Although it is hard to tell, with all the new, state of the art, equipment we have, our company is 60 years old this year. It all started in 1955, when Cecil Ussery bought out another printing firm and formed Ussery Printing Company. Our first location was 3,800 square feet on Gaston Avenue. The entire firm, at that time, consisted of six employees and a delivery boy. Over the years we’ve moved several times, each time expanding our size and equipment list. It was in 1978 that we moved into our current location. Continued growth necessitated an additional building across the street from our main building.
Other printers in the DFW area have come and gone, but it is our philosophy that has kept Ussery on the path we are on today. As long as we treat our clients exactly how we would like to be treated ourselves, we continue to grow from repeat business and referrals. We know our success is due to you and we remember that every day. So thank you and we look forward to the next 60 years of delivering unsurpassed quality to North Texas and beyond.
At Ussery, our Large Format Printing Department seems to only be limited by the imagination of what we can now do. It has opened up a variety of applications that other offset or digital devices cannot match. Sheetfed printing can image onto pressure-sensitive materials, which can then be applied to rigid or unusual surfaces, but only large format printers allow us to image directly onto those surfaces.
The ability to print directly onto rigid substrates, objects such as doors, glass, or wood, gives us a way to increase productivity and decrease your cost on a variety of jobs. Let your own imagination run wild and contact us with your ideas! Or stop by and we’ll show you some of our creations.
This infographic, from our UK friends Print-Print, explores the subconscious association colors can have on customers and what differentiates the worlds biggest brands’ from one another. Color plays a huge part in the psychology of any brand, so getting it right is of paramount importance.
If you are in the Graphic Design, or Printing, World you probably have heard of Trish Witkowski, aka the @FoldingFanatic on Twitter. She has been providing weekly videos on her FoldFactory YouTube channel, that she calls her ’60-Second Super-Cool Fold Of The Week’, for some time now At last check she just released number 272. That is a lot of folding! These videos are a wonderful way to spur your creative juices. They range from very simple to fairly complex, and almost every one will leave you wondering “why didn’t I think of that?” So if you have missed out on these, not to worry, since the whole collection of these one minuted videos are waiting for your viewing pleasure. Enjoy!
Companies can save substantial amounts of money by eliminating the need for envelopes. The possibility of creating a self-mailer should be considered with any direct mail piece.
A self-mailer is simply a piece of mail that doesn’t require an envelope. All of the necessary mailing information is located on one of the outside panels.
Because self-mailers do not require envelopes, you must be more creative when designing the format, since you don’t have the luxury of an envelope to contain any extra sheets of printed material.
Here are some things to consider when designing a self-mailer:
- Will the delivery address be printed directly on the self-mailer, or will self-adhesive labels be used?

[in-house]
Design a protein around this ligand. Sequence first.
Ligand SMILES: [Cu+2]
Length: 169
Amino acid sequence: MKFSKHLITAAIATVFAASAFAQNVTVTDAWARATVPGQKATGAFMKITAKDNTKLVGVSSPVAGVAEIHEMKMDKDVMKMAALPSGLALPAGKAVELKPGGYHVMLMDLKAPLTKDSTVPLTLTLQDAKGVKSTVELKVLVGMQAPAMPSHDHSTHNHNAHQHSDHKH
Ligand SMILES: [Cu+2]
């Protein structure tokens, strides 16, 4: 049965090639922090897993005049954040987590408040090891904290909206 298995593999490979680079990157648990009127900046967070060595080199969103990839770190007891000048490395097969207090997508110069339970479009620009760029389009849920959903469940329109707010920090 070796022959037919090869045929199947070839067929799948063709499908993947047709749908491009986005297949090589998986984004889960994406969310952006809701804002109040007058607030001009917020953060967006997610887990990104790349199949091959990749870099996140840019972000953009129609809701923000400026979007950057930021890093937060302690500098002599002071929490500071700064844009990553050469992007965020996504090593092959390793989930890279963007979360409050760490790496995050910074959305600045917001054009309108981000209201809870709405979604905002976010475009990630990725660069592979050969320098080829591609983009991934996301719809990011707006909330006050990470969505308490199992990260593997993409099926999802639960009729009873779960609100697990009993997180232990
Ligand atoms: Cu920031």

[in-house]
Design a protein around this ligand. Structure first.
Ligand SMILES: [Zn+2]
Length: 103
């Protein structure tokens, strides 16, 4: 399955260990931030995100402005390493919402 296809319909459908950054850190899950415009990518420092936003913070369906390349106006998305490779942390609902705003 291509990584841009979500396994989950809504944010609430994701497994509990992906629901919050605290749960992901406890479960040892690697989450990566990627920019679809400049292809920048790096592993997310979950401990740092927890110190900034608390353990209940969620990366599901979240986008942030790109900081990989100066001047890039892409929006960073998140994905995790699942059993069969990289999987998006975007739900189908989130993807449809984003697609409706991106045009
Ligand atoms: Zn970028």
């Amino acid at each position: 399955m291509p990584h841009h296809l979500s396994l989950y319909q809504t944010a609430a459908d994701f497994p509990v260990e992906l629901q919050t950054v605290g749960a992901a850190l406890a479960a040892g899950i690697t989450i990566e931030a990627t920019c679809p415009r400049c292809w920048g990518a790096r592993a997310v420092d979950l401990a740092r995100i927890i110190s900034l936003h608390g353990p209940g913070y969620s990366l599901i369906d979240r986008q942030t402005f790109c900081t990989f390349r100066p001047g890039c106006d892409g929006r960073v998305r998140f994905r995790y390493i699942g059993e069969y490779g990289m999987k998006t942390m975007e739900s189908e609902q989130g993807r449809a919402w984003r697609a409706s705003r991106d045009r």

- The amount of written material in the self-mailer will determine the overall size of the mailer.
- Information needs to flow quickly and smoothly from the initial pitch to the fine print. The fewer words needed to convey your message, the better.
- The type of closure needs to assure safe passage through the mail. Staples are used often, but many people find them unappealing. Miniature self-adhesives are available in many colors, shapes, and sizes.
- If perforated sections are used, keep them in mind so that nothing can slip loose while being passed through the mail.
When we think of colors, we often think of many different shades of each primary color. Take blue for example…it can vary between colors such as baby blue, aqua, turquoise, teal, royal blue, or navy blue.
Many people would assume that the one exception to these color variations is black. After all, we think of black as being absolute darkness, and expect it to appear this way when printed on a document as well. However, black that is used in full-color (process) printing is transparent, like all process inks, and cannot cover ink or paper as thoroughly as you may like.
Although using an opaque black ink may seem like a simple solution, it would cause adverse reactions to other color or high-res images that contain black ink. Instead, the wise choice would be to add various “enriched” process blacks to your color menus. Their use should vary according to how and where the black is applied.
Here are two types of enriched blacks to consider using:
- Rich black. Rich black combines process black with one other process ink (traditionally 100% black and 60% cyan), which causes the black to appear “blacker” because the second ink color increases its density. Use rich black whenever the edges of a black object are fully exposed, or when a black object straddles other image information. And remember, it’s only appropriate for objects that are at least a quarter-inch thick.
- Super black. By combining three process undercolors (50% cyan, 50% magenta, and 50% yellow), you can create the deepest, most satisfying process black you can reproduce on-press. Use super black only when all the object edges are within other colors, or when they bleed off the edge of the page.
Note: Because computer monitors cannot accurately duplicate printed results, the graphic illustrating the use of enriched black is meant only to give an approximation of the end result.